One of the defining features of the Occupy movement was the unwillingness—or inability, depending on perspective—to offer “solutions.” Now, with inequality again being hotly discussed, the debate has taken a notably wonkier course. Within these conversations there have been gestures to the Progressive Era, a time when America actually made some headway in counteracting inequality. Or so the story goes. Below, David Huyssen, author of the recently published Progressive Inequality, challenges the notion that the early twentieth century has much to offer to those again striving to alleviate economic injustice.
With Barack Obama’s declaration that inequality is the “defining issue” of our time, some observers—including noted historians, economists, and former government officials—have been invoking the Progressive Era as an instructive historical moment.
Doris Kearns Goodwin, in promoting her blockbuster history, The Bully Pulpit, has been celebrating Teddy Roosevelt as a model for Obama to follow in battling inequality. Harvard’s Jill Lepore, writing in the New Yorker, approvingly compares Elizabeth Warren’s new memoir to Louis Brandeis’s 1914 classic, Other People’s Money. Former Secretary of Labor, Robert Reich, told Jon Stewart that the way to get out of the inequality trap today is “the way we got out of it in 1901.” And now a certain French economist is making waves with wild proposals for a tax on wealth.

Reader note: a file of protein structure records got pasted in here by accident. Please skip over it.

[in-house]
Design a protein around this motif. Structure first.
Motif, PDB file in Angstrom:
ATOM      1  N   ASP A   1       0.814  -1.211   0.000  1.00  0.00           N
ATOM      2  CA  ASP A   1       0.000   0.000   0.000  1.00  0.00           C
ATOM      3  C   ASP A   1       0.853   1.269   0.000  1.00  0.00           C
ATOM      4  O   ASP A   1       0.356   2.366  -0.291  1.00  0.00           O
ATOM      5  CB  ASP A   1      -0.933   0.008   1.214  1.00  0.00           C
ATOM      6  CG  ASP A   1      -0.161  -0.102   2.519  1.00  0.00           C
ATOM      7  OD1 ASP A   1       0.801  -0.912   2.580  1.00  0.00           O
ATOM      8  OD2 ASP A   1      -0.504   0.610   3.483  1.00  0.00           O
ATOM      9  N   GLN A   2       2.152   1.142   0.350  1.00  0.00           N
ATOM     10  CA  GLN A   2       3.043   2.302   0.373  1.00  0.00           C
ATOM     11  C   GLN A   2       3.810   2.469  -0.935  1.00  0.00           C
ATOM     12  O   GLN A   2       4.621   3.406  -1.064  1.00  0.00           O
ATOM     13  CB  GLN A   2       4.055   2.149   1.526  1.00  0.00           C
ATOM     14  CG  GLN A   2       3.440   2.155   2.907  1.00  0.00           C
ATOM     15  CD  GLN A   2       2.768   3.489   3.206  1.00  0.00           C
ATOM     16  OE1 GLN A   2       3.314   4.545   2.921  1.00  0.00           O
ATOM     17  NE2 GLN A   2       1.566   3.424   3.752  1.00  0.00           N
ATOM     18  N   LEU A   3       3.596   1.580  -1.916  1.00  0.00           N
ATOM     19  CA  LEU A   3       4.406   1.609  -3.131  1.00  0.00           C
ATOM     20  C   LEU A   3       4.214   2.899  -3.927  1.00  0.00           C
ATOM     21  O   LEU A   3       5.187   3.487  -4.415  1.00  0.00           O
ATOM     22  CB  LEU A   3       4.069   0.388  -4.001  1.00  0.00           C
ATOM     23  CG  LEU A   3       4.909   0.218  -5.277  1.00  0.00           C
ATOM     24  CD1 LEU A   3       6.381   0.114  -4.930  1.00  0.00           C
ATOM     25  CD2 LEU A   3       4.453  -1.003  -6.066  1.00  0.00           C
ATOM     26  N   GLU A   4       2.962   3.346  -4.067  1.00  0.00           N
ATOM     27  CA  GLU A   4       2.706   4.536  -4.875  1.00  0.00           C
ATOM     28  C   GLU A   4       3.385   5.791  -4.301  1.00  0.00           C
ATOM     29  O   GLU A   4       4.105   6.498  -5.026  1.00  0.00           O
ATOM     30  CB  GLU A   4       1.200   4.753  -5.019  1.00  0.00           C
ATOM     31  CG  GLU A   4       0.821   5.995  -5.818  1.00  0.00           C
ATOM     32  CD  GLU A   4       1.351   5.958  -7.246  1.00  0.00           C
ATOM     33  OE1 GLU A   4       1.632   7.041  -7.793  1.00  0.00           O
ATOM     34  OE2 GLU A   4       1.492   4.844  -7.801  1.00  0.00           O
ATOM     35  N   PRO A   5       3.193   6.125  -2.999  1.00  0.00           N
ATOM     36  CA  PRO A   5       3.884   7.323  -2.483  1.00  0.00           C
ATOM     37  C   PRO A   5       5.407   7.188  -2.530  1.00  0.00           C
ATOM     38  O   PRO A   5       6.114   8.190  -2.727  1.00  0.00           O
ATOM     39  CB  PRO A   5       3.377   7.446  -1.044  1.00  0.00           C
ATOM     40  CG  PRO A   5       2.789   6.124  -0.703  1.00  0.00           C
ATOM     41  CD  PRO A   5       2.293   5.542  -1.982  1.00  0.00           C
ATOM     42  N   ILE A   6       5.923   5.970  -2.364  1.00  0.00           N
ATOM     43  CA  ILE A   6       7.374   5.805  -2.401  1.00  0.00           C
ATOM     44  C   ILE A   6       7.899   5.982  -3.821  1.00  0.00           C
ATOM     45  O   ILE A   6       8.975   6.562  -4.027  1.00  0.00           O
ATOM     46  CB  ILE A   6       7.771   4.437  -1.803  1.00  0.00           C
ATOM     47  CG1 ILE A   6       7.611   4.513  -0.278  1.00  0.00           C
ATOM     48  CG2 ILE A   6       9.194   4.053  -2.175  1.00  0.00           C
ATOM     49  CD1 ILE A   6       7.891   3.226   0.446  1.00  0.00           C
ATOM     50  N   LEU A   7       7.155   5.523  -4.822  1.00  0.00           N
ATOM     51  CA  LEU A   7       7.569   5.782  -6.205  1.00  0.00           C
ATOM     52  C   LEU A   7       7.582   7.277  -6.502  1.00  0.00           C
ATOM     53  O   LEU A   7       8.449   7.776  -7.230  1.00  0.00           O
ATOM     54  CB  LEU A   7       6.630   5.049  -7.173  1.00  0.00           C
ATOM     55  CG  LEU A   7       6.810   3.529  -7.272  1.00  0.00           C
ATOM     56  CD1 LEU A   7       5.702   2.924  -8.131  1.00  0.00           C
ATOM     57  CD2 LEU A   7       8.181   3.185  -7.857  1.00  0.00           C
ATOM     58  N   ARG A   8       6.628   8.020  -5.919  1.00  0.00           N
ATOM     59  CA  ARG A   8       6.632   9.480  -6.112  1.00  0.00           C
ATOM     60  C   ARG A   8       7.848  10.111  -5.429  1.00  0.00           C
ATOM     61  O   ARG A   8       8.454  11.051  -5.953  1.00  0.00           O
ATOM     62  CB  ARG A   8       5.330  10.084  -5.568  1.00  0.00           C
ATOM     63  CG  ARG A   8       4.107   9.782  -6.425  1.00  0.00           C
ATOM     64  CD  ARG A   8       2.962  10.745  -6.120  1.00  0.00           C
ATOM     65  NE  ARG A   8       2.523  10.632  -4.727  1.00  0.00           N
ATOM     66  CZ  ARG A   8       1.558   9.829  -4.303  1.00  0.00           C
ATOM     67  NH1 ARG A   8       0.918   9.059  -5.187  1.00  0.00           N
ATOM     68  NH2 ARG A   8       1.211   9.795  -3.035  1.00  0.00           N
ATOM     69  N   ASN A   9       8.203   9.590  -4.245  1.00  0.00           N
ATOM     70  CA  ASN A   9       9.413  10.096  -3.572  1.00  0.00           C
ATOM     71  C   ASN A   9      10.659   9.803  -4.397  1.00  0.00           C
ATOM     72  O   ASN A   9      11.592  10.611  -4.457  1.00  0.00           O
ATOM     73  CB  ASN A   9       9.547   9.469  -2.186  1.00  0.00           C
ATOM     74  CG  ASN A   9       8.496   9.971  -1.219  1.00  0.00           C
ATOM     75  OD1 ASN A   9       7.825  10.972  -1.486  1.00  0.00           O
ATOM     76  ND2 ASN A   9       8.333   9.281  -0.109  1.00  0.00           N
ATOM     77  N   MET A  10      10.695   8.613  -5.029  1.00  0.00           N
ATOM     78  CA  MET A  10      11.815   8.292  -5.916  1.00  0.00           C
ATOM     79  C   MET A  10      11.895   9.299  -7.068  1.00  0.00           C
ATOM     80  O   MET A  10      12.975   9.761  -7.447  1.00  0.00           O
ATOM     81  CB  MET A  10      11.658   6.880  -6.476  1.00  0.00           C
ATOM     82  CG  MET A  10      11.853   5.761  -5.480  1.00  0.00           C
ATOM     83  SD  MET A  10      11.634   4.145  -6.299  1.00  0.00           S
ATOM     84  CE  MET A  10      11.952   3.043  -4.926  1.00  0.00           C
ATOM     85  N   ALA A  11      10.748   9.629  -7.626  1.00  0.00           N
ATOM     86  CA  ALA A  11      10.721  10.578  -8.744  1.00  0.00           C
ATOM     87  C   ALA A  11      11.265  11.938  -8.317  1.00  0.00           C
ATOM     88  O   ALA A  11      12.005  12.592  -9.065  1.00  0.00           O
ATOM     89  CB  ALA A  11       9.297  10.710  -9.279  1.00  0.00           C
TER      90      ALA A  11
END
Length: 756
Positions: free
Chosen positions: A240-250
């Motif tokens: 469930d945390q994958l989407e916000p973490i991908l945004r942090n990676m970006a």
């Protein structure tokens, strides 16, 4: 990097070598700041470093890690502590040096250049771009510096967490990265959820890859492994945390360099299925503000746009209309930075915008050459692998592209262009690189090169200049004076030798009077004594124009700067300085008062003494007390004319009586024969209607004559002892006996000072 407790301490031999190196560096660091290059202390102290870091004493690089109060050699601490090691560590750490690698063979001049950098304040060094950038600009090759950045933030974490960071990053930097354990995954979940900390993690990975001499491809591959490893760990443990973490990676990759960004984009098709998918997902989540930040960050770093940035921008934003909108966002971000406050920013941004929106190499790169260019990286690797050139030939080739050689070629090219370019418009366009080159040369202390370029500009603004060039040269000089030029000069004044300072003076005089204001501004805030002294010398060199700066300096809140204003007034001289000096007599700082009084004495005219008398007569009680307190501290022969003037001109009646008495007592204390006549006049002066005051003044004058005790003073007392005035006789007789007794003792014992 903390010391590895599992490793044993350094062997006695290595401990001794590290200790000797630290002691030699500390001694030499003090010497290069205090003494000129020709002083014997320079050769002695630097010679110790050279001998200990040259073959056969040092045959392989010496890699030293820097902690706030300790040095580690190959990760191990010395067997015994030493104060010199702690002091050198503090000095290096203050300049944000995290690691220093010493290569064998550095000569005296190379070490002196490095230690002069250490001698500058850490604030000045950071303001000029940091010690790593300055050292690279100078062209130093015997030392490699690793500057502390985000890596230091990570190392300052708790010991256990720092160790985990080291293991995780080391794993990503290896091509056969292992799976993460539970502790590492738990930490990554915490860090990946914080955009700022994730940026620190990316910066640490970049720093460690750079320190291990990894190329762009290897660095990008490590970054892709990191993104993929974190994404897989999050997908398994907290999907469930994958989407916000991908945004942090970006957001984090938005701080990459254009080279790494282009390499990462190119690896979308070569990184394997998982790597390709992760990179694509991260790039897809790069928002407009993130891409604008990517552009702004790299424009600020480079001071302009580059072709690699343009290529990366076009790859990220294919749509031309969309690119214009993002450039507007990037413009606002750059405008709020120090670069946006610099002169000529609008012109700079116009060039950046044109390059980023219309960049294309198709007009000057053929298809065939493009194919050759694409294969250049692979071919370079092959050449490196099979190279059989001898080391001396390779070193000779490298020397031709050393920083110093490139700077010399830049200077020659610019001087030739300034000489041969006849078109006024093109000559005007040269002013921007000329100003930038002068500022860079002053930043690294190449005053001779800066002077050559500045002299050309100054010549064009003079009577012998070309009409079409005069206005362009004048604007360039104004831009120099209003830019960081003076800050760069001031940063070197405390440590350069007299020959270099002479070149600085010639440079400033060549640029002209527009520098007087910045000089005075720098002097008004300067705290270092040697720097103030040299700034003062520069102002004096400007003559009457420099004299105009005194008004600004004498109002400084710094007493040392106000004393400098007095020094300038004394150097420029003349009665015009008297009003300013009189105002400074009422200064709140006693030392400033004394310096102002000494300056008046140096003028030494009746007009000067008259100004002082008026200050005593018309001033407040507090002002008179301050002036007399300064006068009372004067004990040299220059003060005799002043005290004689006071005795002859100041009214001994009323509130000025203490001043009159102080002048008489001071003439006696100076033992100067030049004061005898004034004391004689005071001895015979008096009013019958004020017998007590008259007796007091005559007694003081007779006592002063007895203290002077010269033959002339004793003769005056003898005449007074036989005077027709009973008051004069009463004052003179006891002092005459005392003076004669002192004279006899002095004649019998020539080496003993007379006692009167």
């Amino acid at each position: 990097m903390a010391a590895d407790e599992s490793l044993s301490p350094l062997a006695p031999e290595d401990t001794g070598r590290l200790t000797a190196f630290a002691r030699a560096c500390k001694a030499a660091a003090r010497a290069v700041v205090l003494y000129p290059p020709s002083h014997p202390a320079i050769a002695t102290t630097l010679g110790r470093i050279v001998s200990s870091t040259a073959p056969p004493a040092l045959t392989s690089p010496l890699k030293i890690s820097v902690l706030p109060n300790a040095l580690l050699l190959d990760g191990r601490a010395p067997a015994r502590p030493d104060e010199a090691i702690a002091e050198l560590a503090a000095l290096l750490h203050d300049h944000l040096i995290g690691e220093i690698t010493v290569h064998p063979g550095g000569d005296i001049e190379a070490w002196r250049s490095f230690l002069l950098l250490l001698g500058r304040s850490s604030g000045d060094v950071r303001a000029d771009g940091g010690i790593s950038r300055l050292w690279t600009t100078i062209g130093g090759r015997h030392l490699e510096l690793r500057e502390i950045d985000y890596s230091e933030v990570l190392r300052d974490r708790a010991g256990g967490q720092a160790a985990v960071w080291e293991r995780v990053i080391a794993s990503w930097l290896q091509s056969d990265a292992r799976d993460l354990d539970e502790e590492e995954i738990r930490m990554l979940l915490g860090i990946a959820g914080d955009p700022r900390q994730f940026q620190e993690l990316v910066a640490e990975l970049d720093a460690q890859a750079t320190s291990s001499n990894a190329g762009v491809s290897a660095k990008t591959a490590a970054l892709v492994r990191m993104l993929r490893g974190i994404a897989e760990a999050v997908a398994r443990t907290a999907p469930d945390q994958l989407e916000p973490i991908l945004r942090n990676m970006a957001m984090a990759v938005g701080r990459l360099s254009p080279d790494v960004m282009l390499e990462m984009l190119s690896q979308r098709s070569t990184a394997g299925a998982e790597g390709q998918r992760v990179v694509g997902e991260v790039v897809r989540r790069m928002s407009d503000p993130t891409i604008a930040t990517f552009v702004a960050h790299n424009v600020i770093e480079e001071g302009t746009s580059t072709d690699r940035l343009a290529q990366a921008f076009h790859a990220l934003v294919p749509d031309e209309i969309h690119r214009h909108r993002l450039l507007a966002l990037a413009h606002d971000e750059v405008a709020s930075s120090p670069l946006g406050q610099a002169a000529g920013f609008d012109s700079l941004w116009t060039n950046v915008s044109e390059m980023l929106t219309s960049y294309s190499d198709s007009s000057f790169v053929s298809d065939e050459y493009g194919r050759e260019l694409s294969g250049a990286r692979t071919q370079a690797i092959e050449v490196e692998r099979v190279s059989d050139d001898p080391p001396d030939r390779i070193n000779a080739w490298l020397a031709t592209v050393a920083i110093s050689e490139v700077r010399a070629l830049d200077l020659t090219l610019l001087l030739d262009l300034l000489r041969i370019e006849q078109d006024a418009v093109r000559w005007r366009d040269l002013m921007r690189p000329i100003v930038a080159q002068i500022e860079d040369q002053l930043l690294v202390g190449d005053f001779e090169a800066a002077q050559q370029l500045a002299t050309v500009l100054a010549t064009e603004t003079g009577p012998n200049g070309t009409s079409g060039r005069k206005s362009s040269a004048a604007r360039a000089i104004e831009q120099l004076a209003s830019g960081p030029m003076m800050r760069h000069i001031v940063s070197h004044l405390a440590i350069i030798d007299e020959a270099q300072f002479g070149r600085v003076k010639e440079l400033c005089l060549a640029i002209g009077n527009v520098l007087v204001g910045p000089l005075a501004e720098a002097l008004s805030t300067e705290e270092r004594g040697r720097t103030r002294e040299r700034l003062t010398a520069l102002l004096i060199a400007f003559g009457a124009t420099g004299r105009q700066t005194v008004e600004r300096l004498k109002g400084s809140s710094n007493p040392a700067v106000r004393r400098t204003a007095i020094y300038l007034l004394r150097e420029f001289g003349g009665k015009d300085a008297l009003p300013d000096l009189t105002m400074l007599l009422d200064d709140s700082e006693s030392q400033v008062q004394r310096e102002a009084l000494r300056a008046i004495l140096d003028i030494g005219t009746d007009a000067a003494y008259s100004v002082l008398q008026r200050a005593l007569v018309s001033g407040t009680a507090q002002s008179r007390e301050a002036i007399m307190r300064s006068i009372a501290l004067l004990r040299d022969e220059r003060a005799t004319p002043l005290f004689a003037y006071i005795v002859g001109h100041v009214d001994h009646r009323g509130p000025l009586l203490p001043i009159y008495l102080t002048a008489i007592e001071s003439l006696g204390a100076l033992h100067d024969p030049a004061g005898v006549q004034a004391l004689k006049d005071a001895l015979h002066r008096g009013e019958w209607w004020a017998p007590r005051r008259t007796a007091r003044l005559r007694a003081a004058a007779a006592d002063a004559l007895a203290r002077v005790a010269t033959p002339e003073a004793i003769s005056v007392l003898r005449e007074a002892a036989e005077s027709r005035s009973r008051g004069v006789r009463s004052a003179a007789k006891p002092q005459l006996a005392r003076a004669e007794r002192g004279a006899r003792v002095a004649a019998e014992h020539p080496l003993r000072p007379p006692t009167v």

The Progressive Era is having a moment.
Yet in rushing to embrace the spirit of a century ago, few have stopped to ask a basic question: how did Progressives fare in their battle with inequality?
As far as wealth and income in the United States are concerned, the answer is clear: badly. Despite decades of hopeful reformism from 1890 onward, inequality between rich and poor in the United States became more, not less acute, all the way up to the Crash of 1929.
So why the drumbeat for a “new Progressive Era” to combat inequality in our own time?